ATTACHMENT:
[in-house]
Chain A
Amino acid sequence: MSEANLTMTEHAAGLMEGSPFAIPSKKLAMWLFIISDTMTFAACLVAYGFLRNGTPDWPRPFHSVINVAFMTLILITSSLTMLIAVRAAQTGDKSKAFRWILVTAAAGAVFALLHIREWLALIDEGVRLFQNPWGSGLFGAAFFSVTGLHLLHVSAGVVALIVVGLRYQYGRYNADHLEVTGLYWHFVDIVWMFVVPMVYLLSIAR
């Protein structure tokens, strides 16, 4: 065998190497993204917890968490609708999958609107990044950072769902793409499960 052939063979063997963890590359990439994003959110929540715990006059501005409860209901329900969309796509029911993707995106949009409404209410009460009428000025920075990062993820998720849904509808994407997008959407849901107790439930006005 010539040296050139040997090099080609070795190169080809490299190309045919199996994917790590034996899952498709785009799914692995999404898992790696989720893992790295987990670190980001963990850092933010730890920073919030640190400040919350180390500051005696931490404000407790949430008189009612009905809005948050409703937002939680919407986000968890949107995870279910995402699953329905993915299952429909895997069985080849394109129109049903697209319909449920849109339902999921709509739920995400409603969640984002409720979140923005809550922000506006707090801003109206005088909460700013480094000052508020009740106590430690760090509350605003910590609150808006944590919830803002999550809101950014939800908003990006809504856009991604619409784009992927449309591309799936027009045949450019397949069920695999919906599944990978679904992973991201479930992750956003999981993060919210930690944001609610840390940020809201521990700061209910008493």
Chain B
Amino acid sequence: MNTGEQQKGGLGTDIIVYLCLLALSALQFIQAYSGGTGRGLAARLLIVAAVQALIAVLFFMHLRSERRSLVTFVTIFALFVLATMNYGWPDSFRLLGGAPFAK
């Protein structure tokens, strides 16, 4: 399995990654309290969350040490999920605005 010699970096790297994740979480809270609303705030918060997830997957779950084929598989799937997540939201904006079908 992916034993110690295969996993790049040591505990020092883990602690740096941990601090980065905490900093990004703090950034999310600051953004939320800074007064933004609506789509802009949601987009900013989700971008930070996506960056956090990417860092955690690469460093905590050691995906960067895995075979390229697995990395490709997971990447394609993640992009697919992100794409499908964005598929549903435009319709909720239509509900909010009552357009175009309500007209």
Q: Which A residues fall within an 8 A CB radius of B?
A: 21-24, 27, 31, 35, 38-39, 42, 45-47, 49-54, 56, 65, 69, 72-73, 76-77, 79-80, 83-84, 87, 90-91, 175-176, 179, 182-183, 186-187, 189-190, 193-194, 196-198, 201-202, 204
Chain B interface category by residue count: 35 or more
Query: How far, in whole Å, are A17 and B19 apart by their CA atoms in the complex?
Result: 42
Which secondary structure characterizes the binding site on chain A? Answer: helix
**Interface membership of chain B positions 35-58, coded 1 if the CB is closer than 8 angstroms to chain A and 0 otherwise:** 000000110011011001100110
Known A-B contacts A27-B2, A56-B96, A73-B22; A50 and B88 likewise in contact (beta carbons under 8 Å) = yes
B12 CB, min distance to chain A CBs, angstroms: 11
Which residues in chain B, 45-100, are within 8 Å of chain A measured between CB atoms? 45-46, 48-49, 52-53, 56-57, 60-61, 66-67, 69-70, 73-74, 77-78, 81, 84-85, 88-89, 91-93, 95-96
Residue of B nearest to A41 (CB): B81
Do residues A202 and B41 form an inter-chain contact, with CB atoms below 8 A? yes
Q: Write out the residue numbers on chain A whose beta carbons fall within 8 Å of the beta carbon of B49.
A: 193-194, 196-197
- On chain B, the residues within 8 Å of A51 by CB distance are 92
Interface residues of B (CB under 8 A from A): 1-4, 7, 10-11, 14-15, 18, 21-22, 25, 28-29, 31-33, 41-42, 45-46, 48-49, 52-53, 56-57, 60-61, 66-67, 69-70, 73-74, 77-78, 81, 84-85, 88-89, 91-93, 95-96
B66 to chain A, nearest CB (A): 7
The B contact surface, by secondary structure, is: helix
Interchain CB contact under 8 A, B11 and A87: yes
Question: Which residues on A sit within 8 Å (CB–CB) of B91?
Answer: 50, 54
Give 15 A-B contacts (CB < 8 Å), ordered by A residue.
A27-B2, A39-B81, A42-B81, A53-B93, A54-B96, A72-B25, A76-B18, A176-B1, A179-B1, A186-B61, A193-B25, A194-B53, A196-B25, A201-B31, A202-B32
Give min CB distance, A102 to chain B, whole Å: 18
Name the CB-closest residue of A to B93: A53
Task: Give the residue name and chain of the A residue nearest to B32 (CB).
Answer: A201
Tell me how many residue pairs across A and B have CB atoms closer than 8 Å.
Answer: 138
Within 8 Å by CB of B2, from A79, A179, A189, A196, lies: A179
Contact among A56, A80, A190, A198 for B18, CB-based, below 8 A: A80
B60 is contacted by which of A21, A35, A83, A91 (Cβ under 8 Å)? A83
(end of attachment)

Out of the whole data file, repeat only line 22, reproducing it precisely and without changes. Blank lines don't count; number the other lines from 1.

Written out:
- On chain B, the residues within 8 Å of A51 by CB distance are 92